February 8, 2012

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February 7, 2012 

Legislation Supporting and Opposing In-State Tuition for Undocumented Immigrant Students is Pulled from the Courts of Justice Committee Docket 

(Richmond, VA) – Delegate Alfonso Lopez released the following statement:  “I am disappointed that HB 779 will not be heard.  I remain strongly committed to seeing that undocumented children are given the opportunity to continue their education and I will continue to introduce this legislation every year until it becomes the law of Virginia.” 

According to Delegate Lopez, “Far too many talented immigrant students who grow up here and graduate from Virginia high schools are undocumented – through no fault of their own.”  He continued, “At best, they may be able to take our investment in their K-12 education to another state.  At worst, they may decide to drop out of high school because college is not a realistic goal.  Virginia should be joining states such as Texas, Kansas, Illinois, Utah, Nebraska, New York, Washington, and Oklahoma in opening this narrow window of opportunity for students.  These states understand that college opportunities reduce dropout rates and save long term criminal justice and public benefits spending and costs.”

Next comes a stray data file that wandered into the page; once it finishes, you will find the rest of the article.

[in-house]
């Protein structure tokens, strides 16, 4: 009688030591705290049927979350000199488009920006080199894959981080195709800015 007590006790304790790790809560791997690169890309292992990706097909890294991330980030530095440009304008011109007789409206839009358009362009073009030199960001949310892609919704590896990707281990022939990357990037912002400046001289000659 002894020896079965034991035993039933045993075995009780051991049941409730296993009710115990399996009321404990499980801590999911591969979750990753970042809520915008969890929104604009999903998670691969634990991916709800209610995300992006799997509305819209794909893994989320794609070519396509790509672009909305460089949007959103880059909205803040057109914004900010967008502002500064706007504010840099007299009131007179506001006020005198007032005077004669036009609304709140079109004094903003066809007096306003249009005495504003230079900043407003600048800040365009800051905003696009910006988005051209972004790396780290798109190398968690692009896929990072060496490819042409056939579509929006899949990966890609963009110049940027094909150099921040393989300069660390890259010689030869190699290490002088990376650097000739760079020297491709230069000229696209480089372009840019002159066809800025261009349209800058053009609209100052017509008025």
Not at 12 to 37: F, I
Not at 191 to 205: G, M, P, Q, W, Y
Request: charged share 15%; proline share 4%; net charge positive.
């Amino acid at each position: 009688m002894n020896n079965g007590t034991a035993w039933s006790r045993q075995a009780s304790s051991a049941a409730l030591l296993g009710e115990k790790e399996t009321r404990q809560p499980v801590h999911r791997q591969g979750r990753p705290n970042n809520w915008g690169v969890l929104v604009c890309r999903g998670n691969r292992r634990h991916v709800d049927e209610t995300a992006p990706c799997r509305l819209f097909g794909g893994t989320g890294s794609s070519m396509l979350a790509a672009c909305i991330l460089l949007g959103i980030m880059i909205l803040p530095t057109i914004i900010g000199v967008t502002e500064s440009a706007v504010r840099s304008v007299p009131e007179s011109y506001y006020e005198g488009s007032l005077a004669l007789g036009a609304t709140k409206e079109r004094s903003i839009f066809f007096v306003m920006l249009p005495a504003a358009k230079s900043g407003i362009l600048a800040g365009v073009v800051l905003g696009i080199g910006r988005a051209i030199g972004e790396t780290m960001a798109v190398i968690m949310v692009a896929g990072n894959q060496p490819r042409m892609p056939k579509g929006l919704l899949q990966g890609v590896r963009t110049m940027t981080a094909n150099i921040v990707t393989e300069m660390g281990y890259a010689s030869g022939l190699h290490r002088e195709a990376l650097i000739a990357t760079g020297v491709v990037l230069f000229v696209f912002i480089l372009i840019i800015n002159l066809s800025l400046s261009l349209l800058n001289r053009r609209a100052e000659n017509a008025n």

“Sadly, while considerable progress was made over the past several weeks, HB 779 does not have enough support in the House of Delegates to pass at this time,” Lopez stated.  “Moreover, the legislation that would completely restrict undocumented student access to higher education in Virginia does have the votes to pass.  With that in mind, I have agreed to allow my legislation to not be taken up by the Courts of Justice Committee as long as the opposing bill and an additional unnecessary piece of ‘Sanctuary City’ legislation were also set aside.” 

 Delegate Alfonso Lopez’s legislation, HB 779, would have provided in-state tuition for undocumented students who meet certain criteriaVirginia law currently blocks these students from even trying to qualify for in-state tuition at Virginia colleges and universities.  Moreover, without in-state tuition rates, college is inaccessible to many of these students. 

 Similar to recent DREAM Act legislation that passed the State Senate this limited, sensible approach would enable a number of Virginia’s undocumented immigrant students to qualify for in-state tuition rates.  A student would have to show that she has resided in Virginia with a parental figure for at least three years as of the date of graduation from a public or private high school; sign an affidavit stating that she has applied for and is trying to gain permanent residency status in the U.S; and show that she or her parental figure has filed Virginia state tax returns for the three years prior to enrollment. 

 Legislation that would have done the exact opposite of HB 779 was also introduced this session.  It holds that any individual who is unlawfully present in the United States, and therefore ineligible to establish domicile shall not be eligible on the basis of residency within Virginia for any postsecondary educational benefit including in-state tuition and state financial aid. 


Contact: Jason Stanford


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